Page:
The Taos Cards journey began in the late 1920s when Ralph Pearson, a noted etcher from Chicago, founded the business while living in Taos. When his partner, Joe Foster, a Chicago newspaper and advertising man, took the helm between 1923-1931, the company became known as Vancil Foster Christmas Cards and featured designs from various Taos art colony artists including Barbara Latham, Holling C. Holling, Manville Chapman, Helen Travis, Ila McAfee and Madeline Kroll. After its sale in 1931, the business was in storage for more than three decades until it was resurrected by Rick Yaple in 1966.
Rick and his wife, Lynne, who had an impressive history in newspapers, including a scholarship from the Inter-American Press Association to study and travel in Latin America, rebuilt the business under the name, Taps Cards, starting in 1970, eventually opening up a studio/retail space on Fourth Street in Albuquerque to produce and sell the handmade greeting cards. Lynne’s background in newspapers and her accolades from the Inter-American Press Association and a Fulbright scholarship, made for a perfect marriage with Rick and Taos Cards.
The more than 1,000 images represent Victorian Christmas and Southwestern and California themes. The etchings are printed in the time-honored tradition of the intaglio printer. All coloring is done by hand. Most of the images are by two well-known Taos artists: Ralph M. Pearson (1883-1958) whose work is in the permanent collection of the Art Institute of Chicago, the Library of Congress, the New York Public Library and the Rochester Art Museum; Barbara Latham (1896-1987) represented in the permanent collection of the Library of Congress, the Metropolitan Museum of Art and the Philadelphia Museum of Art.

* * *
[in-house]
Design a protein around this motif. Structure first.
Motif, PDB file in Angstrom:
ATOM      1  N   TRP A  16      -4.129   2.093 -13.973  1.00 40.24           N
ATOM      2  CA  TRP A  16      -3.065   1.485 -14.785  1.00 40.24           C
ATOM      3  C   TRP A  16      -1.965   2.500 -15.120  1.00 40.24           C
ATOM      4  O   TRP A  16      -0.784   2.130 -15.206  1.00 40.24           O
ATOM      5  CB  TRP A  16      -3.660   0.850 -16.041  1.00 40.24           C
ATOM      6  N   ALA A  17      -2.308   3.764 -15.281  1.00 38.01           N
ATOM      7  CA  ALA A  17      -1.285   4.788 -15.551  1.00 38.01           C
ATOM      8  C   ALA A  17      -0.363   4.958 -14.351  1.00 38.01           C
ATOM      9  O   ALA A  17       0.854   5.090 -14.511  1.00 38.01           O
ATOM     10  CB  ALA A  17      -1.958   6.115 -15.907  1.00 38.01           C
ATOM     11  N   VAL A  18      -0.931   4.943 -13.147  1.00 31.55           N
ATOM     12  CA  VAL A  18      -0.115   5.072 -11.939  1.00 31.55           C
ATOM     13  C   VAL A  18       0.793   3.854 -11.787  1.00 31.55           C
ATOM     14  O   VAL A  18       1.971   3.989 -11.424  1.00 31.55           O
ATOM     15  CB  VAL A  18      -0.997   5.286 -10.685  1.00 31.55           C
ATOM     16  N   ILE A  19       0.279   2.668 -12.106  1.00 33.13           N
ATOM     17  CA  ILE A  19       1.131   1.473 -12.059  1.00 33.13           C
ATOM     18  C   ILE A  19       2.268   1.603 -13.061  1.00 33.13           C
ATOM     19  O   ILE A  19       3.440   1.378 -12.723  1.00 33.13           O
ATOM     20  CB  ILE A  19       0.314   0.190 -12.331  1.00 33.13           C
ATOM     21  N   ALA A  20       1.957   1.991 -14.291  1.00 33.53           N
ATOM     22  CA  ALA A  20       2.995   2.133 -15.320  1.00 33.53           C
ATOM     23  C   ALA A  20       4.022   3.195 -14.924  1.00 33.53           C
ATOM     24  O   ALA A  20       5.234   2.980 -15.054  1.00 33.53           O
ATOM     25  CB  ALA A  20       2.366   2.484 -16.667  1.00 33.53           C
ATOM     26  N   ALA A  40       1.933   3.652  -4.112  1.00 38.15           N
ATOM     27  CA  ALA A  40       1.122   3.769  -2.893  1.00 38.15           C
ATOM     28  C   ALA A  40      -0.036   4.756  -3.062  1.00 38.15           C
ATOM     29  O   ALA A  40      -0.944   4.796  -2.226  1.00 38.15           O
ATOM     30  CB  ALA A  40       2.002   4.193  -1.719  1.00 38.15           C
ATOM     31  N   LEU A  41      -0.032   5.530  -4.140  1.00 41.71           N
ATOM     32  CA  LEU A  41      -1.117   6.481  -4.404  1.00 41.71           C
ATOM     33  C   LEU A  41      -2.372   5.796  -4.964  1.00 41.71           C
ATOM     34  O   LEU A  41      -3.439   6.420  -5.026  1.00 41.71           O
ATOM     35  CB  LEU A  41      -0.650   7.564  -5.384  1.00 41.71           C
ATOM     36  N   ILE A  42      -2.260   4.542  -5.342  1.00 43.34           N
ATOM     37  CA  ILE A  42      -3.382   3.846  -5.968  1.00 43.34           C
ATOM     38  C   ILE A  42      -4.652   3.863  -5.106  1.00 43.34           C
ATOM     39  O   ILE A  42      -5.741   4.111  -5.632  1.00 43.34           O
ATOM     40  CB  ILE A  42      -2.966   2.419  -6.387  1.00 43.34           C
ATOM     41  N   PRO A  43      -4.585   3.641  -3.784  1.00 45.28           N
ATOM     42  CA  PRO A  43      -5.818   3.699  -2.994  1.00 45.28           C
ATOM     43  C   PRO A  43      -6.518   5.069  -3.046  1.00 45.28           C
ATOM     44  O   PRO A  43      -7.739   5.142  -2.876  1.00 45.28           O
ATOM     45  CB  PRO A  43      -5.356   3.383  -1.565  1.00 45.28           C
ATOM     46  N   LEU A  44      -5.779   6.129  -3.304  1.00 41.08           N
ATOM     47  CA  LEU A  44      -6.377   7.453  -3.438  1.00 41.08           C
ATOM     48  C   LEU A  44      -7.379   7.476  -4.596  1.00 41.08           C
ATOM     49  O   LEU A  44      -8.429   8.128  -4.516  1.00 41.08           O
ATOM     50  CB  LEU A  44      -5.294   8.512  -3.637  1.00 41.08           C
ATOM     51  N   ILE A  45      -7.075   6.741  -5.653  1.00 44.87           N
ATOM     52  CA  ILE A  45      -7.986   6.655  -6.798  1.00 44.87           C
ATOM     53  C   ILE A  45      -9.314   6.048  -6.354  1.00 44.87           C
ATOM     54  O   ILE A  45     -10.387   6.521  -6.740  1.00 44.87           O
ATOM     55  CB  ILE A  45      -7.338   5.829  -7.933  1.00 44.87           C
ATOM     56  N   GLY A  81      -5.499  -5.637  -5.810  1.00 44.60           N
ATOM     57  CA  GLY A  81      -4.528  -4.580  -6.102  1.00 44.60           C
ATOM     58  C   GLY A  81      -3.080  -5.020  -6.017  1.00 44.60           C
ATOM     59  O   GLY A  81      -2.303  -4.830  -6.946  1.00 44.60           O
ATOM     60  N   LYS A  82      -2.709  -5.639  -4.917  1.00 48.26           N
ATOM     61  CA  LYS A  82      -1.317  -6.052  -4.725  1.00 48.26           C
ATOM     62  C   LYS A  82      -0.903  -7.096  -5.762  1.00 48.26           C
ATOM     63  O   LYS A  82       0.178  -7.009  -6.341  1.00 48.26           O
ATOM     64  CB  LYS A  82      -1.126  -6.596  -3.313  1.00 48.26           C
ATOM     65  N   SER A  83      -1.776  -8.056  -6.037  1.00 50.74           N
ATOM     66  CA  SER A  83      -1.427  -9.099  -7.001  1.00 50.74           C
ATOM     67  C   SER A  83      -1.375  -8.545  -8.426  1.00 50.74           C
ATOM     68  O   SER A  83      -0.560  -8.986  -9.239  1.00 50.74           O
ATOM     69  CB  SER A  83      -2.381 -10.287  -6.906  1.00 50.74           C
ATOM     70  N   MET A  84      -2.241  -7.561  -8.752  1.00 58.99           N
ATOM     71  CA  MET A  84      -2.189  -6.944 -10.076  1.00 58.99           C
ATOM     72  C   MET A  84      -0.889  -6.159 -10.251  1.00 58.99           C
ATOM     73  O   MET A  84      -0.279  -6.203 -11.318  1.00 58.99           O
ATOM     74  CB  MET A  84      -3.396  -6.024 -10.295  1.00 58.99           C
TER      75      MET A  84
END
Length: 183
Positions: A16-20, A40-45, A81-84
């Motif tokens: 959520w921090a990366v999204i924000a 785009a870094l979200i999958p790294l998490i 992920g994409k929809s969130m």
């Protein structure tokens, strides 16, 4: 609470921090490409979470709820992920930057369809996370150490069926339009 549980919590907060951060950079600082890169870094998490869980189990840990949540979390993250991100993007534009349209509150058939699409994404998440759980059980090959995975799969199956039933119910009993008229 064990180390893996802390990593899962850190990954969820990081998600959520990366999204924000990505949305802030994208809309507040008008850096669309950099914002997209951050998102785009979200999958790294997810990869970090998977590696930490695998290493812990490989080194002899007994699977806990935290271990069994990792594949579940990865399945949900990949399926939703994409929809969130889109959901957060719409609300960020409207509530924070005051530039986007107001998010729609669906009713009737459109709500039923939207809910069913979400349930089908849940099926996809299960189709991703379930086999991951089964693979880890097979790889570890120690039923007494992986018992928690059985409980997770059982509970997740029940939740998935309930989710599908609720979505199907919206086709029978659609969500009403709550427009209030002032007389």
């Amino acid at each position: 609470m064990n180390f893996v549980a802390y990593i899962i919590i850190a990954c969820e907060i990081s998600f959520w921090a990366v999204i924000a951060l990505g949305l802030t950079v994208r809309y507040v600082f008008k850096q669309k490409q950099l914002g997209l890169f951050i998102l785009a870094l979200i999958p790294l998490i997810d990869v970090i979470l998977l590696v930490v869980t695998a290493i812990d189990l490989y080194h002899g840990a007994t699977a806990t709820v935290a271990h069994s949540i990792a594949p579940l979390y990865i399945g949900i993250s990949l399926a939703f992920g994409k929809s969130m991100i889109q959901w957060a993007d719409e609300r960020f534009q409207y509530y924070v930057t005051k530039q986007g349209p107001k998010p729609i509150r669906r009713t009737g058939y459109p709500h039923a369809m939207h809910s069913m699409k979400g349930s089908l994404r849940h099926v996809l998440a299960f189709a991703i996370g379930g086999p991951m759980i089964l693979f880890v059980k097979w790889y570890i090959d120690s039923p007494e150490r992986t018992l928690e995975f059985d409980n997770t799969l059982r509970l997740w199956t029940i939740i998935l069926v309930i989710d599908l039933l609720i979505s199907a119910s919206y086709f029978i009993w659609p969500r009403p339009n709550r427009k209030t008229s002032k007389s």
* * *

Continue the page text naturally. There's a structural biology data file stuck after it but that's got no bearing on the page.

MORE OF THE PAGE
The creation of each card that is an etching or a reproduction of an etching involves more than 65 processes, including all the type set by hand and printed on a century-old, Chandler Price letterpress onto fine, imported papers. The production of handcolored cards printed from zinc linecuts and woodblocks has 47 hand operations to complete each card. At one time, the cards were available in museums, high-end stationery stores in the Southwest and Sak’s Fifth Avenue stores nationwide.
When Rick passed away in 2010, Lynne eventually closed the shop and put the business back in storage, but she knew that Taos Cards was only dormant ... awaiting its next life. THE BUSINESS IS FOR SALE either as a whole or in part: the printing equipment or the designs or both.